Water found on asteroid could shed light on origins of life on Earth

Environment ‘similar to the Earth’s oceans’ likely existed in Ryugu’s interior, scientists say

Samples of Ryugu Asteroid Contain Clues About Our Solar System
Leer en Español

Scientists have found liquid water trapped in crystals within rock samples returned from the asteroid Ryugu about 300 million km (186 million miles) from Earth.

Samples of the asteroid were found to contain a range of minerals, including calcium and aluminium-rich particles, magnetic minerals like magnetite, as well as carbonated water containing salts and organic matter.

The samples were returned to Earth for analysis by the Japan Aerospace Exploration Agency’s (JAXA) Hayabusa2 mission in 2020.

The findings, published in the journal Science on Friday, offer more evidence supporting the theory that life – or life-precursor molecules – on Earth might have originated from space.

“Liquid water trapped in crystals in the sample was found. The water was held in micron-sized vacancies,” JAXA said in a statement.

In the study, scientists analysed 17 Ryugu samples measuring about 1-8mm and found an iron sulphide pyrrhotite crystal containing carbonated water.

Researchers suggested that the parent space rock from which the Ryugu asteroid descended was born in the darkness of a stellar gas cloud located far from the reaches of the Sun’s light.

In this parent body, they said there would be variations in the ratio of water to rock between the surface and the interior, with rocks deeper underground containing more water.

Simulations conducted by the scientists suggested Ryugu’s parent body accumulated about 2 million years after the formation of the Solar System, and then heated up to about 50C over the next 3 million years, resulting in chemical reactions between water and rock.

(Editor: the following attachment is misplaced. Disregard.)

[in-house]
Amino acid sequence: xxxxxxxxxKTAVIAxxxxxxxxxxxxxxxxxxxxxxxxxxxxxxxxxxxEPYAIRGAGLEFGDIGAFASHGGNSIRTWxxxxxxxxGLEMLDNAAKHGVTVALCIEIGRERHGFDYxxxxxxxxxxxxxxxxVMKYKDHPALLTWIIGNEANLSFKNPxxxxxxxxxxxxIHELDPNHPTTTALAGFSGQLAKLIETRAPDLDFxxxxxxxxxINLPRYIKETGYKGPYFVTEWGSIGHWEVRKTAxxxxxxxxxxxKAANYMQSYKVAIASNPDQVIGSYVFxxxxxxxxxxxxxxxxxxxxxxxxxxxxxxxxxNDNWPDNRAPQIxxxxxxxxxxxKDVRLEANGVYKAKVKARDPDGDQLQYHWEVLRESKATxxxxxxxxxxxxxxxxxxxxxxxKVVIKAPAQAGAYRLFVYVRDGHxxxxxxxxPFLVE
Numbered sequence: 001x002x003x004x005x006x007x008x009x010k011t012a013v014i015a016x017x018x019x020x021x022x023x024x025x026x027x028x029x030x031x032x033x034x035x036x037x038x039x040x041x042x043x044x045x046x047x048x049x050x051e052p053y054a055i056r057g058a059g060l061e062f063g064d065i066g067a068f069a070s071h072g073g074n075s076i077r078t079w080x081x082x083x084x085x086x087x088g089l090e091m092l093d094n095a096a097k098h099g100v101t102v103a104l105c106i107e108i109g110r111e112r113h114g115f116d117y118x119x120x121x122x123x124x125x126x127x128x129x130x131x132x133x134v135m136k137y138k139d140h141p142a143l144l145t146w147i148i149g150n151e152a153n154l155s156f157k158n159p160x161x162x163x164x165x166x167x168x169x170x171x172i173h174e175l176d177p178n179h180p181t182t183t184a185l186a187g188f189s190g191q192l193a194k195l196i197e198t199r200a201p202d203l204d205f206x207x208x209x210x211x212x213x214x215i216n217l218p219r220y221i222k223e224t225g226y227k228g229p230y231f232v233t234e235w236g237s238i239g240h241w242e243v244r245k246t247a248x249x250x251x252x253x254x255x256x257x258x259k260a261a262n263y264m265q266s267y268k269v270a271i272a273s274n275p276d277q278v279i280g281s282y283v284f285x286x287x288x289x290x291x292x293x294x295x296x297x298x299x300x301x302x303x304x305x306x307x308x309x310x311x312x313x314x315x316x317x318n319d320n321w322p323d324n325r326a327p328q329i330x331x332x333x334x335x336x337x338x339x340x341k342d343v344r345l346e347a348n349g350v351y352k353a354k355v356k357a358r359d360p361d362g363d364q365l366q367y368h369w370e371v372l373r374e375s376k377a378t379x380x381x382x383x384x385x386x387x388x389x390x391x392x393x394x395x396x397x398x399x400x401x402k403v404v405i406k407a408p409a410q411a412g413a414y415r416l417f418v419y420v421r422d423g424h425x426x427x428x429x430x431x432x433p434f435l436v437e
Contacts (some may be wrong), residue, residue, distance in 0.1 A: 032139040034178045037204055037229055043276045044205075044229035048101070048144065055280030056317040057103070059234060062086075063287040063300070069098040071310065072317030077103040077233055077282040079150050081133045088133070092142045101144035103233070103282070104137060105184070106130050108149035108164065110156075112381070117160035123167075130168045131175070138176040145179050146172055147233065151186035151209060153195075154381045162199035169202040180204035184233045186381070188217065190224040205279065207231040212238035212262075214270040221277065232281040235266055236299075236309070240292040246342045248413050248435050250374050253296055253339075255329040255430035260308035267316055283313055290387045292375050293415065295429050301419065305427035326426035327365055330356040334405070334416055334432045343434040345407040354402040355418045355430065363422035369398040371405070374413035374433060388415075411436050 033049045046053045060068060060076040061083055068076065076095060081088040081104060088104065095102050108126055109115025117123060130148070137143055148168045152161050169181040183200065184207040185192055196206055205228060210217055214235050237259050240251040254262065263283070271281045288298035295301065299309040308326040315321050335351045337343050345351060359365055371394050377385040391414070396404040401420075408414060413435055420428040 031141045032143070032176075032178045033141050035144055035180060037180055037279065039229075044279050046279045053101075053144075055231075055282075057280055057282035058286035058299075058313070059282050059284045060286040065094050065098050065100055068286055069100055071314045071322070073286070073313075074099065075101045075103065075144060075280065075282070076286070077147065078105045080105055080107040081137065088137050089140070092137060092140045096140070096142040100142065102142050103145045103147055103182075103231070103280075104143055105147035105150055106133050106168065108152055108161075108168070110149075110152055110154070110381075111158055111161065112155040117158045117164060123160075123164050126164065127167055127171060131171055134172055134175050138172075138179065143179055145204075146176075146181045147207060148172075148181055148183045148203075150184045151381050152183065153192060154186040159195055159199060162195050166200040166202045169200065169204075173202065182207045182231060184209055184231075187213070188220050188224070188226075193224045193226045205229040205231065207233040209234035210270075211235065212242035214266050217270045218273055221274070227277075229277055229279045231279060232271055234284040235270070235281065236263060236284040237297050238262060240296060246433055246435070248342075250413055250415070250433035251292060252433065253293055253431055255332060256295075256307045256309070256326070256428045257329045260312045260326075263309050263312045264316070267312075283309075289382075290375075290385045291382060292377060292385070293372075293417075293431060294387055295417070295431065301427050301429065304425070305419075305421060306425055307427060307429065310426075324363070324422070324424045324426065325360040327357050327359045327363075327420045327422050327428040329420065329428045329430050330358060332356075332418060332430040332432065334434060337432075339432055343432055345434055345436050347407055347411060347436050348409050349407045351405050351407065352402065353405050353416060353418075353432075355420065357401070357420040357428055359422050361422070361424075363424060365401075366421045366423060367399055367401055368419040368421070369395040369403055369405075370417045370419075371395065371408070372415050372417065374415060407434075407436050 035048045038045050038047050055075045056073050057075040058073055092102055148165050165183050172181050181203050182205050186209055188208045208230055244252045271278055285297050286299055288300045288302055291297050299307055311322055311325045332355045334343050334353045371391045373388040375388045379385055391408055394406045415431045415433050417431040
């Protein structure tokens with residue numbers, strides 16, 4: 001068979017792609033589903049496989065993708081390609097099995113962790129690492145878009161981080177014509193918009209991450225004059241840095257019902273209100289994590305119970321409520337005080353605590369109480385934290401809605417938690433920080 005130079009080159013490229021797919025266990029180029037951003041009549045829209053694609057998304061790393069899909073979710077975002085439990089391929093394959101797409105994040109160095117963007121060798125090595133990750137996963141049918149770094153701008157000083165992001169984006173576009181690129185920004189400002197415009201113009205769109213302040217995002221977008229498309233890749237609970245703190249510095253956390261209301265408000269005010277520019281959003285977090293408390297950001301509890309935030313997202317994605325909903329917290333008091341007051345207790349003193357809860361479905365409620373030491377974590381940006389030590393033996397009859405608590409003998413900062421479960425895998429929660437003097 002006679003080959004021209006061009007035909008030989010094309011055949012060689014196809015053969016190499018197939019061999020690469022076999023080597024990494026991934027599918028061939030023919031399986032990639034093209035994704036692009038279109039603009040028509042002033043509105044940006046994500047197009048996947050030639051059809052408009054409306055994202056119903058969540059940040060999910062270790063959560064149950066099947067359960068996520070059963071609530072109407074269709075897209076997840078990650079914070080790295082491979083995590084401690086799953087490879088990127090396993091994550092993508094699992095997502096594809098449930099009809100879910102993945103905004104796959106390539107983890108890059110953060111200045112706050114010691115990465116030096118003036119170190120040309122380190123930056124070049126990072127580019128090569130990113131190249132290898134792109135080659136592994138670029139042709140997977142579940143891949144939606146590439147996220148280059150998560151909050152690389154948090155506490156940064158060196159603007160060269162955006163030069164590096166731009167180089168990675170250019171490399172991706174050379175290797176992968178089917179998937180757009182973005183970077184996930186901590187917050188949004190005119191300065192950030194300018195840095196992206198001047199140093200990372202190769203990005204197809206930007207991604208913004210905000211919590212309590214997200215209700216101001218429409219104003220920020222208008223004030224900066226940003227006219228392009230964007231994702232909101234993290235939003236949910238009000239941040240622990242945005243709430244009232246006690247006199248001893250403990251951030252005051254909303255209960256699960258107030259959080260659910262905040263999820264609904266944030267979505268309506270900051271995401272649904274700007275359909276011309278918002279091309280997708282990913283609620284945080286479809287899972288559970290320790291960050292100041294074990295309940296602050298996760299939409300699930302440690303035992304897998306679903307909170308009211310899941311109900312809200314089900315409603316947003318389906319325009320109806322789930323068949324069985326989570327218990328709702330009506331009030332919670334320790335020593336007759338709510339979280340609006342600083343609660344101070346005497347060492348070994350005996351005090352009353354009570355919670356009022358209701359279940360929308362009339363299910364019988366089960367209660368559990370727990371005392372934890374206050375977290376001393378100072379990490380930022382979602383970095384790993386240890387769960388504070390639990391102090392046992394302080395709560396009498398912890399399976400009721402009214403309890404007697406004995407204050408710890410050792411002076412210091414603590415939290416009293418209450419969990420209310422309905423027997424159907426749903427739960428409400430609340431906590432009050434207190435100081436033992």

The asteroid’s samples were found to contain some material near the surface of the parent body before its impact destruction and some from the interior of the parent space rock.

Scientists likened the hardness of the samples to that of volcanic igneous rocks on Earth, making them soft and allowing them to be easily cut with a blade.

Researchers found a diverse set of minerals in these rock fragments, whose differences, they said, can be explained by the different conditions for chemical reactions with water.

Scientists said the hydrous minerals, including silicates and carbonate compounds discovered in the asteroid sample, likely formed when raw materials in the parent body reacted with water and carbon dioxide in the interior of the giant space rock.

Based on the state and stability of some of these minerals, researchers said the water temperature in some parts of the parent rock may have been about 25C.

Other studies have also suggested that the magnetite iron minerals in the Ryugu samples formed “surprisingly low” temperatures of under 40C.

The new analysis also revealed “coral-like crystals” grew from Ryugu’s liquid water.

Based on these findings, researchers said an environment “similar to the Earth’s oceans” existed in Ryugu’s interior, adding that such water-bearing asteroids are more widely distributed in the Solar System than water-free objects.

Register for free to continue reading

Registration is a free and easy way to support our truly independent journalism

By registering, you will also enjoy limited access to Premium articles, exclusive newsletters, commenting, and virtual events with our leading journalists

Already have an account? sign in

By clicking ‘Register’ you confirm that your data has been entered correctly and you have read and agree to our Terms of use, Cookie policy and Privacy notice.

This site is protected by reCAPTCHA and the Google Privacy policy and Terms of service apply.

Register for free to continue reading

Registration is a free and easy way to support our truly independent journalism

By registering, you will also enjoy limited access to Premium articles, exclusive newsletters, commenting, and virtual events with our leading journalists

Already have an account? sign in

By clicking ‘Register’ you confirm that your data has been entered correctly and you have read and agree to our Terms of use, Cookie policy and Privacy notice.

This site is protected by reCAPTCHA and the Google Privacy policy and Terms of service apply.

Join our new commenting forum

Join thought-provoking conversations, follow other Independent readers and see their replies

Comments

Thank you for registering

Please refresh the page or navigate to another page on the site to be automatically logged inPlease refresh your browser to be logged in